Senator DUNCAN - I am aware that they were 'well paid for all that they did, but we must not forget that they are commercial concerns, and there is no reason why we should quarrel with them on that account. Naturally they carry on business for the purpose of making a profit. It has been said, in the course of this debate, that the purpose of the bill is to assist an Australian company in competition with foreign companies. What is the position. Last year the Shell Oil Company controlled mainly, as I have shown, by British interests, spent over £3,000,000 in Australia. Of that amount £500,000 was paid in wages to Australian employees. Surely it can be termed an Australian industry. We do not wish to do anything that will assist in crippling a huge concern which is spending such a large sum of money in this country and employing Australian labour at a cost of £500,000 a year. We ought to treat these companies with a certain amount of consideration, although we are opposing them by assisting a concern in which the Government has an interest. I am strongly supporting the bill, but I submit these facts in a spirit of fairness, and because I believe it is not iri our interests, or in the interests of the future of Australia, to antagonize these great concerns that have been and are still furnishing our main supplies of liquid fuel and certain by-products.


Senator Foll - Does' the honorable senator suggest that, because of certain statements made here, these companies will withdraw their petrol from the Australian market, where they sell millions of pounds' worth of spirit?


Senator DUNCAN - I do not think they will. The honorable senator tried Commonwealth Oil Refineries petrol in his car, as I did, and stopped using it.


Senator Foll - That is not true. It is a deliberate lie.

The DEPUTY PRESIDENT (Senator Newlands). - The honorable senator must withdraw that expression.


Senator Foll - I cannot allow the honorable senator to make such a statement concerning me without answering it. What I have said is correct, and I stand bv it.

The "DEPUTY PRESIDENT.- The honorable senator has said that a statement made by Senator Duncan is a deliberate lie. He knows that such language is both unparliamentary and highly disorderly, and I therefore ask him to withdraw his remark.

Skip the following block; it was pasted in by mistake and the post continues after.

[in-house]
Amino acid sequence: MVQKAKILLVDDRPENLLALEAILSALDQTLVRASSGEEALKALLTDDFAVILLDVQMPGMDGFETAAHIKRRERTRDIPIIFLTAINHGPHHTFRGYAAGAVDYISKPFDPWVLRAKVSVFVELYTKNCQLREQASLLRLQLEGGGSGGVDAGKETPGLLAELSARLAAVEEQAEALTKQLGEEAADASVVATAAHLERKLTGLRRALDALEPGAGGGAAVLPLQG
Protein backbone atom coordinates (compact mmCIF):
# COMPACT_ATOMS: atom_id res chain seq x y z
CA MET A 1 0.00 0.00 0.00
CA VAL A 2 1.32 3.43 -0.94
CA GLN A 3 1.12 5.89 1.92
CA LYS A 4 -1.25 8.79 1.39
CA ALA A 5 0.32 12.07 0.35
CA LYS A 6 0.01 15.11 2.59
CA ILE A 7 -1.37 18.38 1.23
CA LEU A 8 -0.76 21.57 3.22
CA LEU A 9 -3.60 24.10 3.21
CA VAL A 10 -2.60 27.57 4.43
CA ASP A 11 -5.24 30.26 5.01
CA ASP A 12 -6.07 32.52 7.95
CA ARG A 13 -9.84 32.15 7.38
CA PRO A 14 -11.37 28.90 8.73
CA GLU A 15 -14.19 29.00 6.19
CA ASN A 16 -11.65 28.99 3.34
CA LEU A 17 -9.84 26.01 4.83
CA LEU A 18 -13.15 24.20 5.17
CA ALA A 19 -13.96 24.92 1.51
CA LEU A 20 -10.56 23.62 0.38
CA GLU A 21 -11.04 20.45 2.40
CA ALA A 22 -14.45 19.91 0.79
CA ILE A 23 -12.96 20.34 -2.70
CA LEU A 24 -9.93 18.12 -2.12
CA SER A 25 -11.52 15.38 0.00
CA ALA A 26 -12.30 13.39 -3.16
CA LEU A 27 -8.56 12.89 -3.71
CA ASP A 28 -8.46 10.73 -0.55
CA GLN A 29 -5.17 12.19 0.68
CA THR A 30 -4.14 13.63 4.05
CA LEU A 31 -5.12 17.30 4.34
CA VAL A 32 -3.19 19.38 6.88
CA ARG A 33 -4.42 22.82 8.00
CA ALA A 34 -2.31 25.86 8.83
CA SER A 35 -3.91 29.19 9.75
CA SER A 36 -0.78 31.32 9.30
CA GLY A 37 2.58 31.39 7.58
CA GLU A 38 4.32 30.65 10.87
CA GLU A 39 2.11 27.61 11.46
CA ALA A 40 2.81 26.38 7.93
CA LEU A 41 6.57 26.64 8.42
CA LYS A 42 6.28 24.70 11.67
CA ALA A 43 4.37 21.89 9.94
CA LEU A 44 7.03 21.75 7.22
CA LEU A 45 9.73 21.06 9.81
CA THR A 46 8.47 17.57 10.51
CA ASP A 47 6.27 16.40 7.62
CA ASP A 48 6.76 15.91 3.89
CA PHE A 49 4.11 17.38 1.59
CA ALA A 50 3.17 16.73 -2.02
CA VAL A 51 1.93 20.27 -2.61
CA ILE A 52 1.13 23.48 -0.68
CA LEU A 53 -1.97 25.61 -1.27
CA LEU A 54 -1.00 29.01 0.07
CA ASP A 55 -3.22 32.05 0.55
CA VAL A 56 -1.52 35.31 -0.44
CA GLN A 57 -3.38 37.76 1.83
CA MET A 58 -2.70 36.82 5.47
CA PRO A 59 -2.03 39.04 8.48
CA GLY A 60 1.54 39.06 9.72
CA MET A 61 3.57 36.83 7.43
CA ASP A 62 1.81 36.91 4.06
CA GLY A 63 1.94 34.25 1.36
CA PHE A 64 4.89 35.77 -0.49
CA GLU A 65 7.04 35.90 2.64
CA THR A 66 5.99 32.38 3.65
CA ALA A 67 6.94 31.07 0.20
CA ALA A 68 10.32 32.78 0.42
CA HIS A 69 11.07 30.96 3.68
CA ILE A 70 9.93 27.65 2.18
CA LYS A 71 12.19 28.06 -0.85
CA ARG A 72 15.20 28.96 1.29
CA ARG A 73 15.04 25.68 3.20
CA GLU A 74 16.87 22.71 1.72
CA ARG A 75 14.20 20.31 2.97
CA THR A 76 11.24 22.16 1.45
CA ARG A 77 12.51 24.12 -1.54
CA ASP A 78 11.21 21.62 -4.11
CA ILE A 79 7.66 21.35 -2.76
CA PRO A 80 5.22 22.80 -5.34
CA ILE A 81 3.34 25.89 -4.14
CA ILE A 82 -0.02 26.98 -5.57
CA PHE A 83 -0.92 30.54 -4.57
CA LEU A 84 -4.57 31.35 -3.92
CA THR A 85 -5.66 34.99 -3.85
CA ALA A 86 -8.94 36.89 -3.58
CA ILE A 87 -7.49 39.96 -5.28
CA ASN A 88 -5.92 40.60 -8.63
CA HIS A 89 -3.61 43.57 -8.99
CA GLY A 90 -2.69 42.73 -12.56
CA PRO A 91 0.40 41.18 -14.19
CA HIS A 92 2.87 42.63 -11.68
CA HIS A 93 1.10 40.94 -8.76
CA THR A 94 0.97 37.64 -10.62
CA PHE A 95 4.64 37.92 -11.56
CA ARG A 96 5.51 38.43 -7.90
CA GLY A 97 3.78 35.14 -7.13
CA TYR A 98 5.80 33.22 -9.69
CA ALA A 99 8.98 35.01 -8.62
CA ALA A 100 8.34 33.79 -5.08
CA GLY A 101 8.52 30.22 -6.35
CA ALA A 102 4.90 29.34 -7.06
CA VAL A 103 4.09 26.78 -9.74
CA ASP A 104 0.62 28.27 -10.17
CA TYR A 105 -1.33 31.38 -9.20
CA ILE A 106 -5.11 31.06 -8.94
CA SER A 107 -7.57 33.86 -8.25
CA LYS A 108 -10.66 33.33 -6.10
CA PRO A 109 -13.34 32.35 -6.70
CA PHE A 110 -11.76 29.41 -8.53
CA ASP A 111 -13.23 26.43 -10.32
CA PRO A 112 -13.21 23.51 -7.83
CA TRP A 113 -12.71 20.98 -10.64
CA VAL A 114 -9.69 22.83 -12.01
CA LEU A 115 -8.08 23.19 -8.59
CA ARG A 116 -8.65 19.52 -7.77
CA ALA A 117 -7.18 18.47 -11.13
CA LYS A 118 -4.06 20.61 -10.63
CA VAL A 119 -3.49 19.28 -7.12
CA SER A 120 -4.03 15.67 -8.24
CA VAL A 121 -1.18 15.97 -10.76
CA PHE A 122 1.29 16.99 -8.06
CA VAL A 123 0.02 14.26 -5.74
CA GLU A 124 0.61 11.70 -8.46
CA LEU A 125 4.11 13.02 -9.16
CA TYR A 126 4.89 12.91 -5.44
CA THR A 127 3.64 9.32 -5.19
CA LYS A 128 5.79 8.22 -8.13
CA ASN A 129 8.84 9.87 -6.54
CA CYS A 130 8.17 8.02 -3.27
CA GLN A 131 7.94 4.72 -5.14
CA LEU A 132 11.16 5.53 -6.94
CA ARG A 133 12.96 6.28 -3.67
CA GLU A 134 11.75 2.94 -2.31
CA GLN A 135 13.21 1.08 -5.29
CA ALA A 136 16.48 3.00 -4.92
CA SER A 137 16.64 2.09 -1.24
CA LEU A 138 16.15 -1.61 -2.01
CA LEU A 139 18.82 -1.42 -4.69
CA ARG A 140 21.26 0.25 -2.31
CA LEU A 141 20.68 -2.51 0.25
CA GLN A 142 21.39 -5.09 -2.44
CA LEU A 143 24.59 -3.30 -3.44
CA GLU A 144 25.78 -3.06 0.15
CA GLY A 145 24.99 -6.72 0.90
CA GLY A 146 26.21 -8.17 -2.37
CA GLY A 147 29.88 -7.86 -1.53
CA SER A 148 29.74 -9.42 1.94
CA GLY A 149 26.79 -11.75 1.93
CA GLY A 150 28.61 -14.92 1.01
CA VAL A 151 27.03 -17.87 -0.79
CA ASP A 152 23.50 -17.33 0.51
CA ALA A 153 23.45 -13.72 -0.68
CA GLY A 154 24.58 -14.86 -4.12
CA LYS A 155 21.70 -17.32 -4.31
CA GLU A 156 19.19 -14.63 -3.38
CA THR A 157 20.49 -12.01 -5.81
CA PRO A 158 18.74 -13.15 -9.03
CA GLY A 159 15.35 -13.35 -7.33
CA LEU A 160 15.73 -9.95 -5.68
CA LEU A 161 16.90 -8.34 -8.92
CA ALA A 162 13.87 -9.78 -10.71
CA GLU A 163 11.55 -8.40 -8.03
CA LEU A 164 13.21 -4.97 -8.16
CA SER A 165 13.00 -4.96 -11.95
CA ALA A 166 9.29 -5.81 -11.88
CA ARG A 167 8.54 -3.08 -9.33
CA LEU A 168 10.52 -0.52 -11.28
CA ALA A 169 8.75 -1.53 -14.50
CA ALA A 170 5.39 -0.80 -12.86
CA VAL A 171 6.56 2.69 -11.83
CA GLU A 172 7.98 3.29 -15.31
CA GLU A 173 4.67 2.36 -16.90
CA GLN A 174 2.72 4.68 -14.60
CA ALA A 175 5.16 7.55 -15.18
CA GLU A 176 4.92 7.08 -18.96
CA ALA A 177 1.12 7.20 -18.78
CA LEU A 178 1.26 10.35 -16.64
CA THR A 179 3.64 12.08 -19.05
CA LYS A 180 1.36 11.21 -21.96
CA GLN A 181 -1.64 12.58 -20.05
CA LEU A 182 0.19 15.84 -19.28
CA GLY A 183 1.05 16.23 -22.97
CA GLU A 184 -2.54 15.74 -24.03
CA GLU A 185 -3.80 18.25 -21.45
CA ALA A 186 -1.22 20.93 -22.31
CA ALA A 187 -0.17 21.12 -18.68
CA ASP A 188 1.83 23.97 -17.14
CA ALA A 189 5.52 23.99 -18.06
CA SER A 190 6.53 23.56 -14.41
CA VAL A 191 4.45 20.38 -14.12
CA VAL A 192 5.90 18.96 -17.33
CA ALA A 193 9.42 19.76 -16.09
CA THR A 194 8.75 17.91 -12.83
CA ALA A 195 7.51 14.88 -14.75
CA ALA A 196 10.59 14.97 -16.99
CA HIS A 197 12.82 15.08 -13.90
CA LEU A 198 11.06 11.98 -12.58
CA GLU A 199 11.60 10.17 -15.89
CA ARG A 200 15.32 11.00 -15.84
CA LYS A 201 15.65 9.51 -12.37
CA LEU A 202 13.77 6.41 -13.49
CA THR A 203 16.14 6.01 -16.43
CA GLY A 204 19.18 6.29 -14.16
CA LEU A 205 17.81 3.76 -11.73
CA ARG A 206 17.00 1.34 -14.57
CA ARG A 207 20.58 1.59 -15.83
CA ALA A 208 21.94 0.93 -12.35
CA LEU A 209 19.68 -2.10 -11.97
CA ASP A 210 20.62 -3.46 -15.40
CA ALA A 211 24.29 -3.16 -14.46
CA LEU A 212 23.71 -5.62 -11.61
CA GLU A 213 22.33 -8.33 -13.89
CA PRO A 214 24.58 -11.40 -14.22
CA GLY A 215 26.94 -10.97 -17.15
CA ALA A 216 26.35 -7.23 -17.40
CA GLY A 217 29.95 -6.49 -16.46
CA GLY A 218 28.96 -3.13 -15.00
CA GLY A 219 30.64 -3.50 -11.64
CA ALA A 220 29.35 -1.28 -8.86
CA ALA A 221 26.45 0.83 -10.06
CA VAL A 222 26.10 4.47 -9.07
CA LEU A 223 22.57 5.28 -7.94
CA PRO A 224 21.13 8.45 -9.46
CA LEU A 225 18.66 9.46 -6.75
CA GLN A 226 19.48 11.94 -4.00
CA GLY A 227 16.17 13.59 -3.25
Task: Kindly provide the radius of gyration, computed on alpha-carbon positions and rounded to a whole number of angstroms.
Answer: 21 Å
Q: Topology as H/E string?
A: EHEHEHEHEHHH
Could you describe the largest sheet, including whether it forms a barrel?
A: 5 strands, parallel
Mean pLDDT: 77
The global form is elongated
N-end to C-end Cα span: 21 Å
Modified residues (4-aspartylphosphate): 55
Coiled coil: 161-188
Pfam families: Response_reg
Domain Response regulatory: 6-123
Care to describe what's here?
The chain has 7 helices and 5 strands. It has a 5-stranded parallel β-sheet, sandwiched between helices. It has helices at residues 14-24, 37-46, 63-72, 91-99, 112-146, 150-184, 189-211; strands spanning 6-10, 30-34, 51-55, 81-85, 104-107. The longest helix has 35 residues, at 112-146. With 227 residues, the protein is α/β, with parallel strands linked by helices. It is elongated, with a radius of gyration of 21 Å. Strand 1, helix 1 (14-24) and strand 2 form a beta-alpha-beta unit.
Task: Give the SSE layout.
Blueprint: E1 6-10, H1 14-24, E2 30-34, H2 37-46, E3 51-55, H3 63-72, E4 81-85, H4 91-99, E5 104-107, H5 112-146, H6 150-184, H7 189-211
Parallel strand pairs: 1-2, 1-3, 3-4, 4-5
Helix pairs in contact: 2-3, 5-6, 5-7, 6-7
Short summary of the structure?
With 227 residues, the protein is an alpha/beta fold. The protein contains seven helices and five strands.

Senator Foll - I withdraw the remark, but the statement is a terminological inexactitude.

The DEPUTY PRESIDENT.- It must be withdrawn without qualification.


Senator Foll - I have withdrawn it, and I cannot do any more.


Senator DUNCAN - I regret that I have said anything concerning the honorable senator to which he takes exception. I am not supporting certain interests, but am only endeavouring to be fair to them. The facts aro as I have, stated.


Senator Pearce - The honorable senator's statement is a reflection upon the quality of the petrol produced by the Commonwealth Oil Refineries Limited.


Senator DUNCAN - The Minister (Senator Pearce) stated that the Commonwealth Oil Refineries Limited product is equal to that retailed by the other companies. I wish it were. I tried it, as I had no desire to use anything else.


Senator Payne - How long ago?


Senator DUNCAN - Quite recently. I am supported in my contention by the fact that the Commonwealth Oil Refineries Limited product was withdrawn from the market in New South Wales for six weeks. Whether the product is again on the market in New South Wales I cannot say. I hope it is, and that the quality will be such as will enable users to be satisfied with it.


Senator Pearce - The honorable senator said ho was referring to petrol purchased this year.


Senator DUNCAN - I am, and I can supply the Minister with the name of the garage, and can also assure him that the proprietor informed me that he could not obtain further supplies because the Commonwealth Oil Refineries Limited was making certain- alterations in its plant, which it was hoped would result in improving the quality of its product. There is an old saying, " It is not wise to place all one's eggs in one basket." So far as supplies of petrol in Australia are concerned, it is well to note that the British Imperial Oil Company have sources of supply in many countries, which are not likely to be interfered with. If we depend upon the one source, there is not only a possibility, but an extreme danger, that at some time supplies may be cut off, particularly as the crude oil refined here is obtained from Persia, which is in a more or less, unsettled state, and which, as we know, is coming under the influence of Russia, where Bolshevism holds sway. In these circumstances, we do not know when our supplies of petrol may be interfered with. Whilst we should do our utmost to assist the Commonwealth Oil Refineries Limited, it is unwise to antagonize or embitter other companies which are not depending upon Australia to absorb the whole of their products. We can treat them fairly, and at the same time show the Commonwealth Oil Refineries Limited that consideration to which it is undoubtedly entitled.